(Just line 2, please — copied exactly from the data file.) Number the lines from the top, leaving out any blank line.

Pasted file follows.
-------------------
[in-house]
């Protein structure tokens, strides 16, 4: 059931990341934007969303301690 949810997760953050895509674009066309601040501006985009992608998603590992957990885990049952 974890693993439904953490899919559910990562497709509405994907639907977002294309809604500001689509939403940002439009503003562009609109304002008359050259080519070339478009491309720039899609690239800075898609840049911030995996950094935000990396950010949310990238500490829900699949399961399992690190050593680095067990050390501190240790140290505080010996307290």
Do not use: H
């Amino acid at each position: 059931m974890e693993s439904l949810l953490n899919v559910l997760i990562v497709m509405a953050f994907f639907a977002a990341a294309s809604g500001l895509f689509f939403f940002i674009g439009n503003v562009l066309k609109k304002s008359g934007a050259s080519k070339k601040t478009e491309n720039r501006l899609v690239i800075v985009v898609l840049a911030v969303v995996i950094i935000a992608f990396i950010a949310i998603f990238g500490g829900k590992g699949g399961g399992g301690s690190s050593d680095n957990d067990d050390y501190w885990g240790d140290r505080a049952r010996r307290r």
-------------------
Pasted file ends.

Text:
């Protein structure tokens, strides 16, 4: 059931990341934007969303301690 949810997760953050895509674009066309601040501006985009992608998603590992957990885990049952 974890693993439904953490899919559910990562497709509405994907639907977002294309809604500001689509939403940002439009503003562009609109304002008359050259080519070339478009491309720039899609690239800075898609840049911030995996950094935000990396950010949310990238500490829900699949399961399992690190050593680095067990050390501190240790140290505080010996307290």